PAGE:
Political parties built around dynasties, businesses built using political power, political families with media muscle— and vice-versa—are all individually explosive, even if slightly fragile. Together, though, they are pure dynamite, and that is what Tamil Nadu is showing today.
Two Three employees of the Sun TV network have been burnt to death, and seven buses have been torched by an angry mob that attacked Sun’s offices in Madurai and went on the rampage. Reason: the newspaper owned by the media dynasty projected the wrong heir apparent in the political dynasty through an opinion poll.
There are two aspirants to the throne of the ruling Dravida Munnetra Kazhagam (DMK) in Tamil Nadu: the sons of chief minister M. Karunanidhi, M.K. Stalin and M.K. Azhagiri. The first is a former mayor of Madras, the latter is in charge of the more volatile southern districts, but Stalin has been groomed and projected as the likely successor.
At the media end of the spectrum is the Maran family. Karunanidhi has written for his nephew Maran‘s paper Murasoli for long. ‘Murasoli’ Maran was Union minister in the Vajpayee ministry. He too has two sons. One son Kalanidhi Maran built the Sun TV riding on the DMK’s back. The other son Dayanidhi Maran occupies the Information Technology minister’s chair.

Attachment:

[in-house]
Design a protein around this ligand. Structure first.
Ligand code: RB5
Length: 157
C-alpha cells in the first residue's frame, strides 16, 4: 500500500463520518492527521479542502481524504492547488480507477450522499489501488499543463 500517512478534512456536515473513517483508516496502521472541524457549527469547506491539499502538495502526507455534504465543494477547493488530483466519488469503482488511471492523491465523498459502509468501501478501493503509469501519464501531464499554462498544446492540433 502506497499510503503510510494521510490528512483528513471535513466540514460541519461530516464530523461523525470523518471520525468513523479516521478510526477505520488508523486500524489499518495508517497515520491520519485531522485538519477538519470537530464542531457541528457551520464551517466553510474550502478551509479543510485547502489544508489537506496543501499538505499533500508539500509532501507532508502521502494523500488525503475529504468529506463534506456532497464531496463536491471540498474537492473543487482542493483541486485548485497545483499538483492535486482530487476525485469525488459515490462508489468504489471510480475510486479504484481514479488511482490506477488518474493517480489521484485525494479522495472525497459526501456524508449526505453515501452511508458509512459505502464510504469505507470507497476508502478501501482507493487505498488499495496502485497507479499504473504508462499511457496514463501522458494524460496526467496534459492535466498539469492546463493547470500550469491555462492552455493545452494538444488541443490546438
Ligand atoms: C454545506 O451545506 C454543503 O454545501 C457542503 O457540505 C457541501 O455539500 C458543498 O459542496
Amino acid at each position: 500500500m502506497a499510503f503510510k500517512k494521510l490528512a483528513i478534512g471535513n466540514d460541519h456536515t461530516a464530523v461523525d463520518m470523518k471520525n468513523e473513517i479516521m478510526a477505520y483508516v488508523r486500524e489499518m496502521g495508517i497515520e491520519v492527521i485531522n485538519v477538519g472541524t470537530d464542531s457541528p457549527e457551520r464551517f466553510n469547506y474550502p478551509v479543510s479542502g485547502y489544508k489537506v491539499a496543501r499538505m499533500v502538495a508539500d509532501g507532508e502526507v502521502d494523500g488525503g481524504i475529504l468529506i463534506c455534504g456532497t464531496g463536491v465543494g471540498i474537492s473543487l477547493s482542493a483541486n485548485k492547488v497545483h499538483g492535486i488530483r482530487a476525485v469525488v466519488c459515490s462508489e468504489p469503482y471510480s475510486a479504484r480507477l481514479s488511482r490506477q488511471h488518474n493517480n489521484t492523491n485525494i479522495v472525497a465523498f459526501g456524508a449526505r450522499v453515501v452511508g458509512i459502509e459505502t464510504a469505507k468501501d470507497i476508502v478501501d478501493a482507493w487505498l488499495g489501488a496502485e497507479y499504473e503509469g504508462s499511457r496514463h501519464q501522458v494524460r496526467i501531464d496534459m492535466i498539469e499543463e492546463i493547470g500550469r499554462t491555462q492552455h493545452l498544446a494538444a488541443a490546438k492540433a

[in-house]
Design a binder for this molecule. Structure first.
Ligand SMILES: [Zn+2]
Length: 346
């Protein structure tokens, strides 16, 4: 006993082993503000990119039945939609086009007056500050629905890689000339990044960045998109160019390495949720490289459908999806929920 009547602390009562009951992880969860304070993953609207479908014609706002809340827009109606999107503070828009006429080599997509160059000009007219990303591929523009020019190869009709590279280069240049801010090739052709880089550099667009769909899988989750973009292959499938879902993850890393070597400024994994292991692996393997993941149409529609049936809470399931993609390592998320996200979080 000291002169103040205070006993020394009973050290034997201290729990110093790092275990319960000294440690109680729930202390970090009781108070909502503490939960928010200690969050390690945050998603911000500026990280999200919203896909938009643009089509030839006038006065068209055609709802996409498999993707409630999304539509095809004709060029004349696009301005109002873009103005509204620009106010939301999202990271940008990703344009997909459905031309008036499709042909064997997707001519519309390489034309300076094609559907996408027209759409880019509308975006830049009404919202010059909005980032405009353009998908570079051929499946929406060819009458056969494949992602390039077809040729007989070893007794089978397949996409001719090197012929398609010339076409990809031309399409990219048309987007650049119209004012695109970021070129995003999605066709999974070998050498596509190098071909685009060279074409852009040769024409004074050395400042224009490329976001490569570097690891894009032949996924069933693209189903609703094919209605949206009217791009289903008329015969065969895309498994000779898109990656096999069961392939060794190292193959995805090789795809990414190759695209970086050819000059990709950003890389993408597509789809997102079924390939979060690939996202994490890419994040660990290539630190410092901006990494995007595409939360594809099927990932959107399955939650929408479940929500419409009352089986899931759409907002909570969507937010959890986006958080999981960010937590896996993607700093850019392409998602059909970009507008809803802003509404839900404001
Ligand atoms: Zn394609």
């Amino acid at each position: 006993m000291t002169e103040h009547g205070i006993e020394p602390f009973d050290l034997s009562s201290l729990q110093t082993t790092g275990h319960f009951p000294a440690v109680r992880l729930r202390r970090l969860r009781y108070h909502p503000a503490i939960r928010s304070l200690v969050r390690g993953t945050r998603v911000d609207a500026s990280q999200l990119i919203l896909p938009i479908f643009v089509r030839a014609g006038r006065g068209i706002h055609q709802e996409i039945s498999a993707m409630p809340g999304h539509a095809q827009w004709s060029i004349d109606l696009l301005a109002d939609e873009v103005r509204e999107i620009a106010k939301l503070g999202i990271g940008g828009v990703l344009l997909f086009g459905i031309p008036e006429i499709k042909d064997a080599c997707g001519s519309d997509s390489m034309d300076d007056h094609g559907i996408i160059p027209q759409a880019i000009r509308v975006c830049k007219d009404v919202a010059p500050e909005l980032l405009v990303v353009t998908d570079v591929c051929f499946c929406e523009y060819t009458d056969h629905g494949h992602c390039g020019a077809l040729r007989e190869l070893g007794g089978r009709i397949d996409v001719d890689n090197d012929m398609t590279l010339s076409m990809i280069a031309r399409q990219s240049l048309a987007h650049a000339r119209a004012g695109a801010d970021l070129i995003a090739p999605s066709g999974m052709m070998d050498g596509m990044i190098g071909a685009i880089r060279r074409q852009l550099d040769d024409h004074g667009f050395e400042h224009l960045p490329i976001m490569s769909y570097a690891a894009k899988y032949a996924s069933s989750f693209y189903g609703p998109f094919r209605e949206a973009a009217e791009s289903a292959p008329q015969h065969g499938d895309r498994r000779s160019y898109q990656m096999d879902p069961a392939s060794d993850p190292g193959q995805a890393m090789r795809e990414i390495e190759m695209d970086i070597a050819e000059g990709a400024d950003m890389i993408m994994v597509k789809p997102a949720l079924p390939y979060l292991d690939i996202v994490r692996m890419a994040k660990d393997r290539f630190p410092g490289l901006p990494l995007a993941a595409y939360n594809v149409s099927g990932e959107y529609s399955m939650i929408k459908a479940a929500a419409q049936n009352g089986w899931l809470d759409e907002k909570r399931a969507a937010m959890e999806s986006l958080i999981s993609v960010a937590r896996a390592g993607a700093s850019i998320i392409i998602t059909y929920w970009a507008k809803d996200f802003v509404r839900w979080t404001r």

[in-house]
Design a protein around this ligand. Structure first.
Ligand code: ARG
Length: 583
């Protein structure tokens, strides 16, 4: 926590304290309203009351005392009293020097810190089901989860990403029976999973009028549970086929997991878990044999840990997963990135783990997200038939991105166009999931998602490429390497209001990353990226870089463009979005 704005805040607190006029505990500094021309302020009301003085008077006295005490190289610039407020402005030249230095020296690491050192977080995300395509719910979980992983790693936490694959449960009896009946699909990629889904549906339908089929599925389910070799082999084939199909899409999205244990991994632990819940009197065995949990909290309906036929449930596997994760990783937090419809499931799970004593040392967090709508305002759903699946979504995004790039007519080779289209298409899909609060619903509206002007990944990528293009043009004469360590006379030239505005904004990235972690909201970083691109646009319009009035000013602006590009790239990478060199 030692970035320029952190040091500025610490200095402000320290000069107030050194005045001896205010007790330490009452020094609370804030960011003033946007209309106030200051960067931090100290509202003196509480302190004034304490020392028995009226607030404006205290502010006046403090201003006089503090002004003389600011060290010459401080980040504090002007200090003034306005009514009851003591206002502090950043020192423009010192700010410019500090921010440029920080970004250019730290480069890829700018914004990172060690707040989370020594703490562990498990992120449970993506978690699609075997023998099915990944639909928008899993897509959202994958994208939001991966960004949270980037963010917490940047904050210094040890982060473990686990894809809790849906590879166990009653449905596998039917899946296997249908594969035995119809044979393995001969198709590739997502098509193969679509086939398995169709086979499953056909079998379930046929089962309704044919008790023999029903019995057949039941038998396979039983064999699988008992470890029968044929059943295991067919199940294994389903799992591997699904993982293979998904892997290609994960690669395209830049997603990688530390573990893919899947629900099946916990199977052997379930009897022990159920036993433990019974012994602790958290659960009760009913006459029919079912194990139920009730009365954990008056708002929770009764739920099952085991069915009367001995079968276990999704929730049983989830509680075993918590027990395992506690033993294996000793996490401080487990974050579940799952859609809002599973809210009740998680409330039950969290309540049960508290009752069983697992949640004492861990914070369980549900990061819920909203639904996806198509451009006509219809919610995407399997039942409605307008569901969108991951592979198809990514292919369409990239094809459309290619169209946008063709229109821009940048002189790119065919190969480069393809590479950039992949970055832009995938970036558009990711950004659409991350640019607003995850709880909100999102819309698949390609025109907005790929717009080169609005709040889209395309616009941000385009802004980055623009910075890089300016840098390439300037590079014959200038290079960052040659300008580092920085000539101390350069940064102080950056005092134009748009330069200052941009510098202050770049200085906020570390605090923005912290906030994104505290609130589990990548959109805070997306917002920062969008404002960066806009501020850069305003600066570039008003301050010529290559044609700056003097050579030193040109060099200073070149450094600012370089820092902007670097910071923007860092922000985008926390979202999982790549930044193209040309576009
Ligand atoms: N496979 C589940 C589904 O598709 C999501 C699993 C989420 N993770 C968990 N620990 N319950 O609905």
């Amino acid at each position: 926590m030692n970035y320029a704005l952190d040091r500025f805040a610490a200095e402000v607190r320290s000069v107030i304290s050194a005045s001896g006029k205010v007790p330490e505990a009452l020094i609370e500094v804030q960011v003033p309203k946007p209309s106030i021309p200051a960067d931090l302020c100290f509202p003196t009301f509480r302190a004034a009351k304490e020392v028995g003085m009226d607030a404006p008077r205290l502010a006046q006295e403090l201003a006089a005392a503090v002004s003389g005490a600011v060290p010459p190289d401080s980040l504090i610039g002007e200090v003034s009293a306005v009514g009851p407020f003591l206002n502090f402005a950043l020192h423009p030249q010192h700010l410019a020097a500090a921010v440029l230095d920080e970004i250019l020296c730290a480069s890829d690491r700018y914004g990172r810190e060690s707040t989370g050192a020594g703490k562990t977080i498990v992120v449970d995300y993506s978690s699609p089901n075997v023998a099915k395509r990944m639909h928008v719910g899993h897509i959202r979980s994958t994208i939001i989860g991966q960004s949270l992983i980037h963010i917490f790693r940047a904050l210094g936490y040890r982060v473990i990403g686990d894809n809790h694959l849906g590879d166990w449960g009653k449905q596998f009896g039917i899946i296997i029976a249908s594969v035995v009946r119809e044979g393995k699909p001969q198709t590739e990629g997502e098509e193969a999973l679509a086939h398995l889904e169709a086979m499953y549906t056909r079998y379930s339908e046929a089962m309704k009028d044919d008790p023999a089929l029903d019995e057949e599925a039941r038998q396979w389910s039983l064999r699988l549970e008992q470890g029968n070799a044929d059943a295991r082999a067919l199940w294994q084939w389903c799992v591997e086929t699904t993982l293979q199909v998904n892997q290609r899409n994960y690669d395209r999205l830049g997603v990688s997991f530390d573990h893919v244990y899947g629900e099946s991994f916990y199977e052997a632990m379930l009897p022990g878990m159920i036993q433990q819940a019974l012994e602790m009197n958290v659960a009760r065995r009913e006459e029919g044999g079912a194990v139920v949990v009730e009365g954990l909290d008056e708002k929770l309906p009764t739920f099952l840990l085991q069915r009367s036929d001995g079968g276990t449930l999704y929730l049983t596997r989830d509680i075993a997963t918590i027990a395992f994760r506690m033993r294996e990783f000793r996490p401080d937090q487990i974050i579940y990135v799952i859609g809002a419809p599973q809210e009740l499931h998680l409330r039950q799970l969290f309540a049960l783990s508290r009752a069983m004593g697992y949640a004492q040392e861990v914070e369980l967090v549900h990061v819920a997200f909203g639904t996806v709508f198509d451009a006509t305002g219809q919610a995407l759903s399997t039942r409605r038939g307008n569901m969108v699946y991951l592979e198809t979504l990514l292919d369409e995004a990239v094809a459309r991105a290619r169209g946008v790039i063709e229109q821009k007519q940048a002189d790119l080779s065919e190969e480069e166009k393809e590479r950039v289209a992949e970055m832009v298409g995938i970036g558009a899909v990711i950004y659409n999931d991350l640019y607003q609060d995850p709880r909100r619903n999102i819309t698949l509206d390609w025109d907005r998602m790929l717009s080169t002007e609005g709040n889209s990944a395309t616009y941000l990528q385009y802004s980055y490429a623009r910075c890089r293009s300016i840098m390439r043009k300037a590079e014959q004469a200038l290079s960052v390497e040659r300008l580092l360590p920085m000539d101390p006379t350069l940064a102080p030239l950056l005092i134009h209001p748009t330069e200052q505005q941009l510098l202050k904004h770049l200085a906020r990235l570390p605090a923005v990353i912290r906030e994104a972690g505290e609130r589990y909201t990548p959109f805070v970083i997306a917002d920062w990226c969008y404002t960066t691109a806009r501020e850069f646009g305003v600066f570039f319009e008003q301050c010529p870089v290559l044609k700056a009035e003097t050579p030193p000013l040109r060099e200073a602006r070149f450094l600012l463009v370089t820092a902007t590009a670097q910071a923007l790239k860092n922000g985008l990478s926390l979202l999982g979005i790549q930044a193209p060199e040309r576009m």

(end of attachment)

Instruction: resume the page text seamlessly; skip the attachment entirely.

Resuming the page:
Through a deft use of political muscle, the Maran family has built a media empire in Tamil Nadu, and the Karunanidhi family has benefitted from it. Sun TV is the leading Tamil satellite channel, the Marans have obtained a monopoly on cable in Madras, bought a magazine (Kungamam), revamped a newspaper (Dinakaran), listed their company, and ended up getting very rich.
Now, it is all coming home to roost. Courtesy a opinion poll by AC Neilson in Dinakaran that shows 70 per cent want Stalin, not Azhagiri, to succeed Karunanidhi. The poll—described as “foolish” by Hindu editor N. Ram—also shows Dayanidhi Maran (22%) to be more popular than Azhagiri (2%).
Result: Sun TV’s Madurai office has been attacked reportedly by Azhagiri’s supporters.
Elsewhere, the Patali Makkal Katchi (PMK) boss S. Ramadoss is also miffed because his son, the admirable Dr Anbumani Ramadoss, who is the Union health minister, has been shown to be less popular than Dayanidhi Maran among the Union ministers from Tamil Nadu.
In the midst of all the hoo-ha over sons and nephews, a couple of vital questions get lost: is a newspaper not free enough to publish an opinion poll without its offices being attacked, without its employees being charred to death? And are these burgeoning political-media empires so good for the health of our democracy?
Cross-posted on sans serif